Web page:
Trump’s passel of platitudes now includes some hideous accusations about Joe Biden being against God, against the Second Amendment, how he has forsaken African-Americans, that he is a far-left socialist.

Trump sounds like someone who thinks he is going to lose the election in November.

Then he tells reporters that he might not accept the election results, which he says will be the result of the “most corrupt election in history.” What if the Russians interfere this year as they did in 2016 and try to persuade Americans to re-elect Trump? Then it’s OK, he will say.

Trump’s hideous record, exemplified by the reprehensible initial non-response to the coronavirus pandemic, only confirms what I and other critics have said all along … which is that this guy cannot lead the nation. He has no understanding of the role he took an oath to perform.

He is left now to fabricate issues against which he will run.

Trump’s incessant lying, demagoguery, posturing, fraudulent characterizations of his record have revealed to the world that the United States made a terrible mistake in electing this clown in 2016.

My goodness, we have to correct that mistake.

Fright is setting in

I don’t want to sound alarmist.

However, I am getting filled with astonishing feelings of fright at the prospect of a second presidential term with Donald John Trump sitting in the Oval Office.

I don’t scare easily, so this isn’t some sort of Chicken Little screed. The very notion that Donald Trump could actually win a second term is filling me with dread. It’s the real thing, man. I mean it!

Trump took office without a single moment of public service experience under his belt. His entire adult life was aimed at self-enrichment, self-aggrandizement and self-promotion. He took that experience with him into the White House.

The man doesn’t possess an ounce of empathy or compassion. I mean, my goodness, he admits to preferring to trample over people than to hold them up.

Trump’s lack of public service experience has been coupled with his abject ignorance of the government over which he presides. He talks about enacting “bills” all by himself. Remember when he told the Republican convention in Cleveland that “I, alone” can solve the nation’s ills? He cannot. That hasn’t stopped him from continuing to imply such a moronic strategy.

We’re now well into the 2020 presidential campaign. I have not yet heard a single coherent statement that speaks to how he wants to govern during a second term. He continues to spend his entire re-election campaign effort at denigrating his Democratic foe, Joe Biden. Where’s the plan for governing, Donald? It ain’t there.

So are we going to expose ourselves to four more years of the kind of (non)leadership we’ve gotten during the past four years? Are we going to hand this president an invitation to do anything he thinks he can do without recrimination?

My goodness, we cannot allow this guy to send in federal “agents” to put down protests in our cities. We can’t allow him to “dominate the streets” with “heavily armed” troops. We cannot allow this individual to assault his foes using language that to my ears sounds overtly racist.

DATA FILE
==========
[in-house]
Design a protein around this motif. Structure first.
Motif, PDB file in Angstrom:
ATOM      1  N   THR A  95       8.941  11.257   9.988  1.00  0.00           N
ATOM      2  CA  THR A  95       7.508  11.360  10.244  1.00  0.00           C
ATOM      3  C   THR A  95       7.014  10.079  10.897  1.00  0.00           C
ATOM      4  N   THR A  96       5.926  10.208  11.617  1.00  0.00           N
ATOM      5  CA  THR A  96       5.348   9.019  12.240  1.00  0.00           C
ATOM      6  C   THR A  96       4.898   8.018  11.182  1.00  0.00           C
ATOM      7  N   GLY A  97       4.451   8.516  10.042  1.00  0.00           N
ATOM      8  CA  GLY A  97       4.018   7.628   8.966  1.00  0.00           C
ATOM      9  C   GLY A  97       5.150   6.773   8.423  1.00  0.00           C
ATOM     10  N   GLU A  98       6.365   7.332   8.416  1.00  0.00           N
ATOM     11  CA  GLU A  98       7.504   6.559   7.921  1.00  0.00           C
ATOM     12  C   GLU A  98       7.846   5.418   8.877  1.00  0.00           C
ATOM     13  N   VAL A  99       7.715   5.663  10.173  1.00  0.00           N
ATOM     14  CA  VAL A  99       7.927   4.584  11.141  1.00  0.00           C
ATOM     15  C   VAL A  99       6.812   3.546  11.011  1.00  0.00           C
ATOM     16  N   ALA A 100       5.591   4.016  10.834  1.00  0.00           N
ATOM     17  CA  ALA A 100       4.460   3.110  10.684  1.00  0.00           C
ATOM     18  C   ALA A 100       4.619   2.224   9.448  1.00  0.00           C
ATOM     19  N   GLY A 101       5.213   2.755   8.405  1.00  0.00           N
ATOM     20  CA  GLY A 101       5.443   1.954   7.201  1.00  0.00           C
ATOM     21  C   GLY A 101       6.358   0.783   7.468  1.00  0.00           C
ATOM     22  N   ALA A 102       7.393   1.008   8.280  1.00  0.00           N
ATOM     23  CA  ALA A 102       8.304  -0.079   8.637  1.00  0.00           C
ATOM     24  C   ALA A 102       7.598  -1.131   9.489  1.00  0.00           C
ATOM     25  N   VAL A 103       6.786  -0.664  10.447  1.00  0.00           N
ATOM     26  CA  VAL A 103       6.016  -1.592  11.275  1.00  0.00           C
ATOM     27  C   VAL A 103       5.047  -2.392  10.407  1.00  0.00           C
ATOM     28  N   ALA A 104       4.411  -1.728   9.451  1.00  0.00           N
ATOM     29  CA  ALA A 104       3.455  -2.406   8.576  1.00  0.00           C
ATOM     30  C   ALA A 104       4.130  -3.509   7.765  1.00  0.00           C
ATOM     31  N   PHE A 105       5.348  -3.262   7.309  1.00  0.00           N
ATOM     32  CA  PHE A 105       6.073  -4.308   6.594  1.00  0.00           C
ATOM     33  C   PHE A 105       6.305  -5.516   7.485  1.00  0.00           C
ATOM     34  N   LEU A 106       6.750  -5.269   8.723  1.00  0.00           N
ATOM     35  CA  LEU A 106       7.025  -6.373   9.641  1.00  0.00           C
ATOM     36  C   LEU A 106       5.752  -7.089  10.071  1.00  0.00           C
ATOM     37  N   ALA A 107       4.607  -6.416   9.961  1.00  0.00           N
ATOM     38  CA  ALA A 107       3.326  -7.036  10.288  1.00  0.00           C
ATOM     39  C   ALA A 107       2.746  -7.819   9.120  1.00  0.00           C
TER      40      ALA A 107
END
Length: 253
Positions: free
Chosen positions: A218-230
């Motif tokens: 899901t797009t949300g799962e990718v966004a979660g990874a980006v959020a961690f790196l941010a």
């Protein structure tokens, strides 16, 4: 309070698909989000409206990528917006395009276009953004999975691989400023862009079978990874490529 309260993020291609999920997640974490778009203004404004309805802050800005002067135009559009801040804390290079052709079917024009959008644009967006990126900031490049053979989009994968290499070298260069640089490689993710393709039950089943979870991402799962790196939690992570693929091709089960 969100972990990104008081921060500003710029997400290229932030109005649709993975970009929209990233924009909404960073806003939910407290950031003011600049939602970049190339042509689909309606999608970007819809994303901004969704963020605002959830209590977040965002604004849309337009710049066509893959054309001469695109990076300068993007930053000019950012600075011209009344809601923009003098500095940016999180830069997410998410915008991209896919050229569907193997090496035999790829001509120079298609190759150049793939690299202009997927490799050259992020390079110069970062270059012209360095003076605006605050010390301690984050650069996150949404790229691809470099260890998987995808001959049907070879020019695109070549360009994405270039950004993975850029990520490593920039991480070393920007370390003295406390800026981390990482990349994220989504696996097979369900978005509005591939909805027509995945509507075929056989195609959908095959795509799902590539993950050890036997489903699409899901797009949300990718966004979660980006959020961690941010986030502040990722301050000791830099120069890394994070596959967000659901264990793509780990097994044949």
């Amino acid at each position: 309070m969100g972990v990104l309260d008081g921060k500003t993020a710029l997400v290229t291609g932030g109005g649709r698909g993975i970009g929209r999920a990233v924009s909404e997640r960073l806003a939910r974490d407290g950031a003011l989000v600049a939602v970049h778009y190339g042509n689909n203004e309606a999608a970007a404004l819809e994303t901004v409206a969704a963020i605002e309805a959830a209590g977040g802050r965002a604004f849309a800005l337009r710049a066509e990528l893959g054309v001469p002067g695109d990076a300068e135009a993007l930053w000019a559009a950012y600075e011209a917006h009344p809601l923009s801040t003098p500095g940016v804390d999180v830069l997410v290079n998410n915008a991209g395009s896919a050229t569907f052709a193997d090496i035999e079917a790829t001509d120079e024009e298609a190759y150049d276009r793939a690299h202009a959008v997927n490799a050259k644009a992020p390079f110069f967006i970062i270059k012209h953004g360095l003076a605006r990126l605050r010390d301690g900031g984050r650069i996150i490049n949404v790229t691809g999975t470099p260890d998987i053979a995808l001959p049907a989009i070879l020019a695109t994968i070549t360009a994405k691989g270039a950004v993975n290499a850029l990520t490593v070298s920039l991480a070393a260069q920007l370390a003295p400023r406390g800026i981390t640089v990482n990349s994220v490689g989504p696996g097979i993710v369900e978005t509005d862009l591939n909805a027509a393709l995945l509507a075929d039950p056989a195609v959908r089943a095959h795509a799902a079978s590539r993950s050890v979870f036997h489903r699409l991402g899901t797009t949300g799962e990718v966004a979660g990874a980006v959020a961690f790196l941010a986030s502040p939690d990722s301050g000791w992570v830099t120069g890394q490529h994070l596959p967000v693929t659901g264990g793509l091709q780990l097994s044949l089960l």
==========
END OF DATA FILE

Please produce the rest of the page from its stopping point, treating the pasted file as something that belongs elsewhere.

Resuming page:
This clown snookered too many of us in 2016. A lot of us saw this disaster coming the moment he announced his candidacy at Trump Tower. I happen to one of those who now is frightened at the possibility that this guy could fool too many of us once again.

Those closest to Trump think so little of him?

One of the astonishing takeaways I am gleaning from Mary Trump’s book about Uncle Donald — the current president of the United States — has to do with how those closest to him think of his ability, his credibility, his qualifications.

They think very little of any of it, according to Mary Trump, author of Too Much and Never Enough: How My Family Created the World’s Most Dangerous Man,”

She recounts, or so I understand, how his sister thought so little of him when he announced his presidential campaign in June 2015 that she thought he was joking. She presumed he was pulling off a publicity stunt to call attention to his “brand.”

Others in his family — sis, a brother and several other nieces and nephews — dismissed his boasting for what it was, empty rhetoric. He wasn’t self-made, as he claimed; he didn’t attend church, yet evangelicals flocked to his side; he is a man of zero principle.

Trump doesn’t apologize for anything. He never admits he is wrong. He tramples over everyone he meets. Trump is callous, callow and without any redeeming personal quality, or so Trump is reporting.

I happen to believe what she has written. What astounds me, though, is how those close to Donald Trump think so much less of him than those who have glommed onto his cult of personality.

Yes, I believe Mary Trump

I am trying to decide if I want to purchase Mary Trump’s bombshell book about her uncle, the current president of the United States.

She doesn’t need my money to make the fortune she already has earned by early sales of “Too Much and Never Enough: How My Family Created the World’s Most Dangerous Man.” I hear she’s sold nearly a million copies of her book.

But there’s another reason why I might not read the book from cover to cover. From what she has said so far in TV interviews, there’s nothing she has revealed about Uncle Donald that I don’t already believe.

I believe he is the “virulent racist” Mary Trump says he is. I believe the assertions she has made about his use of the N-word and the anti-Semitic slurs he has uttered. I also actually believe that young Donald got someone else to take the Scholastic Aptitude Test he needed to enroll at the University of Pennsylvania.